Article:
Tuesday, 8 December 2009

World Agenda: Oil-for-Food scandal 'a warning for all at Hopenhagen'
James Bone in New York

Delegates to the climate change conference in Copenhagen should remember the dread words “Oil-for-Food”.
World leaders plan to design global “Cap-and-Trade” system — which could grow to $2 trillion (£1.22 trillion) — to limit greenhouse gas emissions in a last-gasp bid to reverse global warming. Environmental critics such as James Hansen, the Nasa scientist considered the “grandfather of global warming”, have made conceptual objections to Cap-and-Trade, which they dismiss as ineffectual.
But even if the system is created, there are enormous pitfalls.
Key parts of Cap-and-Trade have a “corruption” warning written all over them in red flashing lights, because they are to be run by the United Nations.

A Cap-and-Trade system caps emissions by granting permits to polluting industries. Polluters who do better than their quota will be able to sell their emissions credits on a global market. Polluters who go over their limit are also able to “offset” some of their emissions by purchasing an equivalent quantity of emissions reductions — or “offsets” — from a clean-energy project in the developing world, such as a new wind farm in China or methane-capture at a landfill in Brazil.
Negotiators envisage putting a UN agency in charge of certifying these emissions reductions, and that is where the potential problem lies.
The UN already has an offset system known as the Clean Development Mechanism (CDM), set up by the Kyoto Protocol. Based in Bonn, the CDM has approved 1,938 projects with about 328 million metric tonnes of annual carbon offsets, called Certified Emissions Reductions, or CERs. The current value of the CDM offset market is a relatively paltry $6.5 billion, with Britain buying about 28 per cent of the total. But that amount could soar if a deal is sealed following “Hopenhagen”.
The Clean Development Mechanism sounds like a solid system: projects have to be certified by a board of governors elected by the governments involved. But it has already been criticised for certifying projects that do not cut greenhouse gases below “business as usual” (cuts that, in the jargon, do not provide “additionality”.)
Michael Wara, a Stanford law lecturer and leading critic of the mechanism, testified to Congress this year: “There has been and will continue to be substantial crediting of business-as-usual behavior within the CDM.
“This crediting of counterfeit emissions reductions is likely to be a hallmark of any real offset programme. The crux of the problem is the inability in practice to tell which of the many applicants for carbon offsets are telling a genuine story regarding emissions reductions, and which would have installed cleaner technology even in the absence of the carbon market.”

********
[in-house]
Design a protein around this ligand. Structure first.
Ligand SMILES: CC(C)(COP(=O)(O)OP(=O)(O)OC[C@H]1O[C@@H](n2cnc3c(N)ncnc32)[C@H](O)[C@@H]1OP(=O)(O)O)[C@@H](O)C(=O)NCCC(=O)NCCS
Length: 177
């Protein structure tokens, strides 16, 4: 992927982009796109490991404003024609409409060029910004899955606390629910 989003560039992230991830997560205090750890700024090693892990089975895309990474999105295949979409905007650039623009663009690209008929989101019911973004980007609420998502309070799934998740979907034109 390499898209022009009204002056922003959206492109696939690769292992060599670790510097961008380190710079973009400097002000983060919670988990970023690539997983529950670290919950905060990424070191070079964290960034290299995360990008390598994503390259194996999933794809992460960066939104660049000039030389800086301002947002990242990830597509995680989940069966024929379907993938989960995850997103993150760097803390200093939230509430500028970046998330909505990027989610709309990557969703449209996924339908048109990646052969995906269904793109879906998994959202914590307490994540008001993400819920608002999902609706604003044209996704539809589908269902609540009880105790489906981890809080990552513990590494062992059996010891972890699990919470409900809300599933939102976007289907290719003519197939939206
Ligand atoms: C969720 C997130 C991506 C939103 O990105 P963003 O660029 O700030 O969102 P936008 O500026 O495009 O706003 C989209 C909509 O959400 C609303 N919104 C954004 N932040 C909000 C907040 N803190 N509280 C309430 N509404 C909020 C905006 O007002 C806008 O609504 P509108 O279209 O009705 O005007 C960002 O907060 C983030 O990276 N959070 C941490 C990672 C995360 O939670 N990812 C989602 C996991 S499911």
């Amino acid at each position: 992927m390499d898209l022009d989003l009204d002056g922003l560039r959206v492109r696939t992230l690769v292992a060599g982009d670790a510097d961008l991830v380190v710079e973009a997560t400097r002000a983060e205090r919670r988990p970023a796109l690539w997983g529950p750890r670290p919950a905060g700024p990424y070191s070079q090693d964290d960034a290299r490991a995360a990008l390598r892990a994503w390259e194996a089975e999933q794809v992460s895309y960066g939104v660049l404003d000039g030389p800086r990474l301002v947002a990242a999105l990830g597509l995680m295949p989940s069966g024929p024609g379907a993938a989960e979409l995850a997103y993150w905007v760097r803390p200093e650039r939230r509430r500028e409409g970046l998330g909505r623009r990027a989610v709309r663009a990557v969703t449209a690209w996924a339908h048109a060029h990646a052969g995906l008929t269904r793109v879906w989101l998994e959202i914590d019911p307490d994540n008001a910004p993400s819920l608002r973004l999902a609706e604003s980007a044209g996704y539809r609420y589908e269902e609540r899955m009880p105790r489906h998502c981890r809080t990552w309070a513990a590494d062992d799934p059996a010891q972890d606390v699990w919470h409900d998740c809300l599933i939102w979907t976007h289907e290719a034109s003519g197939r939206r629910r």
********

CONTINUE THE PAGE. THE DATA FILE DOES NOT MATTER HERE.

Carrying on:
The lesson of the Oil-for-Food scandal is that such a system almost begs decision-makers to make politicised, if not outright corrupt, rulings.
From 1996 to 2003 the UN supervised the sale of $64 billion of Iraq’s oil and its use of the money to buy humanitarian goods such as food and medicine. Saddam Hussein was able to corrupt the humanitarian programme through and through.
Dozens of politicians and influential business leaders around the world received pay-offs from Iraq in the form of vouchers to sell underpriced Iraqi oil. The head of the UN programme was charged with corruption for allegedly taking cash bribes from the brother-in-law of the former UN Secretary-General, Boutros Boutros Ghali. The company that employed the son of Kofi Annan, the UN chief at the time, won a key inspection contract from the UN. The list goes on and on.
Years later it emerged from a defector that the Russian UN overseer entrusted with pricing Iraq’s oil was actually a serving Russian military intelligence officer who diverted almost half a billion dollars to top Russian officials.
Even where UN officials were elected, corruption surfaced. The elected Russian head of the UN’s powerful budget oversight committee was convicted in a US court and sentenced to four years in prison.
The UN record bodes exceedingly ill for the expanded offset system foreseen by the Copenhagen leaders. Third World governments have an obvious interest in promising emissions reductions that they do not deliver; UN officials will be under intense pressure from those governments to certify the promised emission reductions. Indeed, these official might also — perish the thought — get bribed by the firms that stand to benefit.
It’s a recipe for what Saddam might call the Mother of All Scandals.